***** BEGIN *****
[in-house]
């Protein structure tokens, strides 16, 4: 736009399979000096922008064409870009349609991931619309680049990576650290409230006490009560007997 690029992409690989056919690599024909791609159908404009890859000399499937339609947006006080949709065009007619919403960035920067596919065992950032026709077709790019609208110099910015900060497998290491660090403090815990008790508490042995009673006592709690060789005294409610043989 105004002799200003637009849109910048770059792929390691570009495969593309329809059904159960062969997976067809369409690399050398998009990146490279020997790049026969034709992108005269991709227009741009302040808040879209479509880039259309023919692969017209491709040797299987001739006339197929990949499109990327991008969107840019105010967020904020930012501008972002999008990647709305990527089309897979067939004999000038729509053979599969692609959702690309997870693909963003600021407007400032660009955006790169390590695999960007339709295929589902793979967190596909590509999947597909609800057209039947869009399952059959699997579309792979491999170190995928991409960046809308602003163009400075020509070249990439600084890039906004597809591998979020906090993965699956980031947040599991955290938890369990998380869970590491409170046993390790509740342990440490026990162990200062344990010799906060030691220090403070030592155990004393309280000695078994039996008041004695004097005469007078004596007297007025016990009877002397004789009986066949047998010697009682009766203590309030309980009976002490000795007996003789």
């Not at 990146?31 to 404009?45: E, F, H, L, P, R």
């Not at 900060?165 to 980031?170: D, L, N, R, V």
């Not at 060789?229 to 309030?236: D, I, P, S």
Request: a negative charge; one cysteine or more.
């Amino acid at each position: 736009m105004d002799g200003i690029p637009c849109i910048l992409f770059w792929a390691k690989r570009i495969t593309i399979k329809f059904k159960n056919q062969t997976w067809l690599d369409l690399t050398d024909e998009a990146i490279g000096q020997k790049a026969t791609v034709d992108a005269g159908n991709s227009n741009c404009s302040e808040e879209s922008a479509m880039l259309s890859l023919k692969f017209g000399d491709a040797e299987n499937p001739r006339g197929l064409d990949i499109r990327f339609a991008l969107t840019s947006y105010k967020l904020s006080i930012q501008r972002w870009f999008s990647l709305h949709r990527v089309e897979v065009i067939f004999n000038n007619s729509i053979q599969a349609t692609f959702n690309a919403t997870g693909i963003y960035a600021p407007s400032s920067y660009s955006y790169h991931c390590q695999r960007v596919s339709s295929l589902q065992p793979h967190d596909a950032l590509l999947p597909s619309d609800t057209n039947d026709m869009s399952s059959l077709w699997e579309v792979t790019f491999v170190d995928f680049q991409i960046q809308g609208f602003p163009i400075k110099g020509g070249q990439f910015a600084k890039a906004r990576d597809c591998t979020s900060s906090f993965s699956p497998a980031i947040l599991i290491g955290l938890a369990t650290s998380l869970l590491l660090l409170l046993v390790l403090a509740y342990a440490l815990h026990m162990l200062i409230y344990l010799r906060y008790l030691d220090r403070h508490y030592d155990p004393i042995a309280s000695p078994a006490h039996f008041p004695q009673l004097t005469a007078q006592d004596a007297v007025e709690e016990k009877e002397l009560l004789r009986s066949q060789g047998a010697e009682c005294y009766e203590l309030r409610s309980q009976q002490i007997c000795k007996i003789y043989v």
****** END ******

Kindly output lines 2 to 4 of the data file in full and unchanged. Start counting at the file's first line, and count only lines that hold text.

């Protein structure tokens, strides 16, 4: 736009399979000096922008064409870009349609991931619309680049990576650290409230006490009560007997 690029992409690989056919690599024909791609159908404009890859000399499937339609947006006080949709065009007619919403960035920067596919065992950032026709077709790019609208110099910015900060497998290491660090403090815990008790508490042995009673006592709690060789005294409610043989 105004002799200003637009849109910048770059792929390691570009495969593309329809059904159960062969997976067809369409690399050398998009990146490279020997790049026969034709992108005269991709227009741009302040808040879209479509880039259309023919692969017209491709040797299987001739006339197929990949499109990327991008969107840019105010967020904020930012501008972002999008990647709305990527089309897979067939004999000038729509053979599969692609959702690309997870693909963003600021407007400032660009955006790169390590695999960007339709295929589902793979967190596909590509999947597909609800057209039947869009399952059959699997579309792979491999170190995928991409960046809308602003163009400075020509070249990439600084890039906004597809591998979020906090993965699956980031947040599991955290938890369990998380869970590491409170046993390790509740342990440490026990162990200062344990010799906060030691220090403070030592155990004393309280000695078994039996008041004695004097005469007078004596007297007025016990009877002397004789009986066949047998010697009682009766203590309030309980009976002490000795007996003789």
């Not at 990146?31 to 404009?45: E, F, H, L, P, R």
């Not at 900060?165 to 980031?170: D, L, N, R, V």